Your Supermarket Guide to Healthy Eating Page 1 of 2 Diarrhoea in adults
The adult gastrointestinal tract is a tube approximately 15 ft long, running through the body from mouth to anus. Most food is taken into the mouth as large particles containing many macromolecules such as proteins, carbohydrates and fat. These macromolecules are unable to cross the wall of the gastrointestinal tract, they first need to be dissolved and broken down into much smaller molecules.
The dissolving and breaking-down process is called digestion. Digestion involves many different actions and is dependant on various other components e.g. acid secreted by the stomach, bile secreted by the liver and a variety of digestive enzymes that are released by the lining of the gastrointestinal tract.
Most of the absorption occurs in the 9 ft long small intestine. From the small intestine only a small volume of water, salt and undigested material is passed on to the large intestine (colon), which temporarily stores the undigested material and concentrates it by absorbing salt and water, before defecation takes place.
The average adult consumes about 800g of food and 1200 ml of water per day. An additional 7000 ml of fluid from salivary glands, stomach, pancreas, liver and the intestines is added and moves through the intestines. Theoretically only 100 - 200ml of water is lost in the feces per day, the rest is absorbed into the blood. This makes you wonder why and how diarrhea develops.
We all know what diarrhoea is, no major explanations are needed. The scientific definition is ‘diarrhoea is an abnormal increase in the frequency and liquidity of the stools’.
Diarrhoea is not a disease, but it can be a symptom of several underlying diseases. The basic mechanism behind diarrhoea is if the intestinal lining becomes irritated, the intestines push stools through too quickly, fluid is not absorbed and the stool produced is watery. Diarrhoea is part of the body’s own defence mechanism; it helps to rapidly expel dangerous particles from the digestive tract.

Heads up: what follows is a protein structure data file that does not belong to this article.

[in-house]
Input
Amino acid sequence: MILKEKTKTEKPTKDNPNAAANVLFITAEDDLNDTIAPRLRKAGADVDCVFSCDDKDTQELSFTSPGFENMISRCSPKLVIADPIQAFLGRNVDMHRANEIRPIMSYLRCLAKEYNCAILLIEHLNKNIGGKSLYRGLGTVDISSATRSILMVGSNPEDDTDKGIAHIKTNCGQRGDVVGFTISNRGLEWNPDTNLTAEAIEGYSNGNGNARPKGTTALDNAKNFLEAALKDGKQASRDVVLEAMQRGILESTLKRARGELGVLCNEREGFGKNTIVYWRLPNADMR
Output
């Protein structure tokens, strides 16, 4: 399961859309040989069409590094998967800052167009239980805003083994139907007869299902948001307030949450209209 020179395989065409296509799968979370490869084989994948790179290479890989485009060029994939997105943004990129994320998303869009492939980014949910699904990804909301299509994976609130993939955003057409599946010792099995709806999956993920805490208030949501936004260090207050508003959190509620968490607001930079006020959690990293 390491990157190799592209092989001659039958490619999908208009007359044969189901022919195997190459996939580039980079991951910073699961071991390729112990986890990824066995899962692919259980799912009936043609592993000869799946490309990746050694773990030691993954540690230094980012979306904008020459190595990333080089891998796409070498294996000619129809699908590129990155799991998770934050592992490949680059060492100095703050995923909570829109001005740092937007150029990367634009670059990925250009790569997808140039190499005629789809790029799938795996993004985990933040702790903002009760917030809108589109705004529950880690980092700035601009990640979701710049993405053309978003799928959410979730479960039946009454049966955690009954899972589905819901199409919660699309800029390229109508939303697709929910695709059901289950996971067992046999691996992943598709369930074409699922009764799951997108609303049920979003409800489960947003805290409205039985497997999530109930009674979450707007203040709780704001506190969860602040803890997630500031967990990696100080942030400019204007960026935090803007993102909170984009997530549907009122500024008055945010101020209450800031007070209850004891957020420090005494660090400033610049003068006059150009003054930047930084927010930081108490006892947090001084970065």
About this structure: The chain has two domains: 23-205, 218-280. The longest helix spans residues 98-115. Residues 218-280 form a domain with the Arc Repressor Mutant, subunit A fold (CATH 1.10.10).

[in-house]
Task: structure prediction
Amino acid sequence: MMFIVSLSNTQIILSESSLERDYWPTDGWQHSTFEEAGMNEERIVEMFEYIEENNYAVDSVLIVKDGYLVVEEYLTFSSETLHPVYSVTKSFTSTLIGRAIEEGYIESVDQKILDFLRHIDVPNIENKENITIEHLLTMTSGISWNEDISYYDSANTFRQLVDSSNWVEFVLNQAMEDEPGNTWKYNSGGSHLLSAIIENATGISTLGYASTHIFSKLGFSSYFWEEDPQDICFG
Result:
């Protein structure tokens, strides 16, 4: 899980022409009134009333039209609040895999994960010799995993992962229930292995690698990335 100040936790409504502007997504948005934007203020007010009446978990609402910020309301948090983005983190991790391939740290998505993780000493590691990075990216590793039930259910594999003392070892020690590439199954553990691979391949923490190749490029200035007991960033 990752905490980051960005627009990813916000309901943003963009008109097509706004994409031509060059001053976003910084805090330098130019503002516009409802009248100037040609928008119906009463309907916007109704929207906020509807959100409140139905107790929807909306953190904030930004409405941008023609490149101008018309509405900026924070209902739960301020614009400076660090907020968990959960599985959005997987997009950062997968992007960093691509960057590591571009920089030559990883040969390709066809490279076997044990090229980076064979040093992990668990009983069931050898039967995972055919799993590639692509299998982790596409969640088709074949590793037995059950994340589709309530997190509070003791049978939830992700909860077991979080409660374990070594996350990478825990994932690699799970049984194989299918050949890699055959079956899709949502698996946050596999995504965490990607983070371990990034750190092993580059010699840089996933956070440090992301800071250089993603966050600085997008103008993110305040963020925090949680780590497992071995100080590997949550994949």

The main causes of diarrhoea can be summarised as follows:
Infectious diarrhoea (e.g. virus infection, bacteria, parasites):
Infectious diarrhoea is caused by ingesting microscopic viruses, bacteria or parasites, which then live in the intestine. The most common viral infection is known as rotavirus (children) and Norwalk (adults). The most common types of bacterial infection are Salmonella, campylobacter and shigella, which are all types of food poisioning.
Non-infectious diarrhoea (e.g. food, medications and disease)
Non-infectious diarrhoea does not involve any infection, but rather something specific, e.g. spicy food. Also, many people suffer from lactose intolerance, which will cause diarrhoea
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General treatment of acute diarrhoea includes rest and increased fluid intake. Fluid and electrolyte replacement therapies can be used in severe cases, especially where the elderly and children are involved; they are the people who are at most risk of dehydration.
Persistent diarrhoea needs to be medically treated.
Here are a few tips that may help reduce symptoms of mild diarrhoea:
• Avoid solid food for a few hours, until you feel better;
• Avoid dehydration by taking frequent small sips of water or a rehydration
• Make sure you wash your hands after using the toilet and before handling
• When diarrhoea starts to improve, you may want to start eating bland, mild
foods such as rice, dry toast or banana. Avoid other fruits, spicy and fatty foods, alcohol and coffee until 48 hours after your symptoms have improved.
Most mild cases of diarrhoea don’t require antibiotics or over-the-counter anti-diarrhoea products such as Imodium. These may slow the elimination of the infectious agents. Avoid these products at least for the first six hours.
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